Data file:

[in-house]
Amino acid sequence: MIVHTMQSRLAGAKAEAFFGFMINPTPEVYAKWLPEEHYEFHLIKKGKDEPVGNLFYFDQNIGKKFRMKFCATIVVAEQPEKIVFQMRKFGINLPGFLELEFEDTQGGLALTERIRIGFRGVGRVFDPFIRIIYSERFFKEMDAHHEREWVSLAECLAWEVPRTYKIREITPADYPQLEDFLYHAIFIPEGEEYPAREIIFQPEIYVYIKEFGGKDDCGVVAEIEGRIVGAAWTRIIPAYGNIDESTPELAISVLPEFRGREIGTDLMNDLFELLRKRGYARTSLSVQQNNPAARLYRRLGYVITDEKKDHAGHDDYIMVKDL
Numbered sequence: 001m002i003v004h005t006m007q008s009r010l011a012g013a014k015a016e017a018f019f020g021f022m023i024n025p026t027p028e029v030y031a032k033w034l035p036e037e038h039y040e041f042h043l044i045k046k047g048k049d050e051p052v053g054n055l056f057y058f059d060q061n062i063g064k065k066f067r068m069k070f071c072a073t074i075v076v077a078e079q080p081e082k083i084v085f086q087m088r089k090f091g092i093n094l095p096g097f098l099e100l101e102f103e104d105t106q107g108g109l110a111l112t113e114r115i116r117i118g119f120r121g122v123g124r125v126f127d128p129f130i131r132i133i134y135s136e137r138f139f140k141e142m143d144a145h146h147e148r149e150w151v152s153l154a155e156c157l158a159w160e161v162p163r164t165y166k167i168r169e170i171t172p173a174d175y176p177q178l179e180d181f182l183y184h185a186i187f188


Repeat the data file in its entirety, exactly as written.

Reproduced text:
[in-house]
Amino acid sequence: MIVHTMQSRLAGAKAEAFFGFMINPTPEVYAKWLPEEHYEFHLIKKGKDEPVGNLFYFDQNIGKKFRMKFCATIVVAEQPEKIVFQMRKFGINLPGFLELEFEDTQGGLALTERIRIGFRGVGRVFDPFIRIIYSERFFKEMDAHHEREWVSLAECLAWEVPRTYKIREITPADYPQLEDFLYHAIFIPEGEEYPAREIIFQPEIYVYIKEFGGKDDCGVVAEIEGRIVGAAWTRIIPAYGNIDESTPELAISVLPEFRGREIGTDLMNDLFELLRKRGYARTSLSVQQNNPAARLYRRLGYVITDEKKDHAGHDDYIMVKDL
Numbered sequence: 001m002i003v004h005t006m007q008s009r010l011a012g013a014k015a016e017a018f019f020g021f022m023i024n025p026t027p028e029v030y031a032k033w034l035p036e037e038h039y040e041f042h043l044i045k046k047g048k049d050e051p052v053g054n055l056f057y058f059d060q061n062i063g064k065k066f067r068m069k070f071c072a073t074i075v076v077a078e079q080p081e082k083i084v085f086q087m088r089k090f091g092i093n094l095p096g097f098l099e100l101e102f103e104d105t106q107g108g109l110a111l112t113e114r115i116r117i118g119f120r121g122v123g124r125v126f127d128p129f130i131r132i133i134y135s136e137r138f139f140k141e142m143d144a145h146h147e148r149e150w151v152s153l154a155e156c157l158a159w160e161v162p163r164t165y166k167i168r169e170i171t172p173a174d175y176p177q178l179e180d181f182l183y184h185a186i187f188